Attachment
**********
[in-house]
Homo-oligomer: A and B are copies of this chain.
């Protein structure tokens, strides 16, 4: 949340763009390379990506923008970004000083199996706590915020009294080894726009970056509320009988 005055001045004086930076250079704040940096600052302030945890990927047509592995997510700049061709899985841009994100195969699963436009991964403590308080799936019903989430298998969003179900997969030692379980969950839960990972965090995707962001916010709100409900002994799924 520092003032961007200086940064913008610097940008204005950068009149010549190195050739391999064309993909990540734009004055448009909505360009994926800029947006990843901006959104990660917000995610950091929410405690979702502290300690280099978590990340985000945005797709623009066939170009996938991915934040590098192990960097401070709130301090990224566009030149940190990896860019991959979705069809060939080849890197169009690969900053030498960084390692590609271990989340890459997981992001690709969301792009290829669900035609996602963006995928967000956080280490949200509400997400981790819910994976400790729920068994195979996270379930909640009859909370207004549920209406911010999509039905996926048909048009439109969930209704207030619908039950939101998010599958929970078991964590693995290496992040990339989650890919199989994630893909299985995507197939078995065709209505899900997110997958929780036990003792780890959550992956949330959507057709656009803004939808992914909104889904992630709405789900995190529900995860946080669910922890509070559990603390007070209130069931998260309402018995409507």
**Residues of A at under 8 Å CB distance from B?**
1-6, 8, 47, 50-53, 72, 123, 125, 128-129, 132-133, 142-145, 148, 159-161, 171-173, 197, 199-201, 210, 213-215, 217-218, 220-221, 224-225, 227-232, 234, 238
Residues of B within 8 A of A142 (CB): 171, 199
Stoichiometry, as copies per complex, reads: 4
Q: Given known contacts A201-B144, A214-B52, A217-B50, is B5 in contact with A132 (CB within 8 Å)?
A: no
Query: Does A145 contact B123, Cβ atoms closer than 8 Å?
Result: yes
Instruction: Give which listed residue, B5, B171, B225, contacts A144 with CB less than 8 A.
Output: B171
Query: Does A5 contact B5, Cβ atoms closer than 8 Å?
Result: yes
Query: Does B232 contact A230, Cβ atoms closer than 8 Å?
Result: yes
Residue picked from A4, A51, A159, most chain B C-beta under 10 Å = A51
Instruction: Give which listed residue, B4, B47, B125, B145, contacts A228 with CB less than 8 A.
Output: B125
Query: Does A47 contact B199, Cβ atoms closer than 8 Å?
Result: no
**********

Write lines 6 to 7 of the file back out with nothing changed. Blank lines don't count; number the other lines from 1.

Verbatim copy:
Residues of B within 8 A of A142 (CB): 171, 199
Stoichiometry, as copies per complex, reads: 4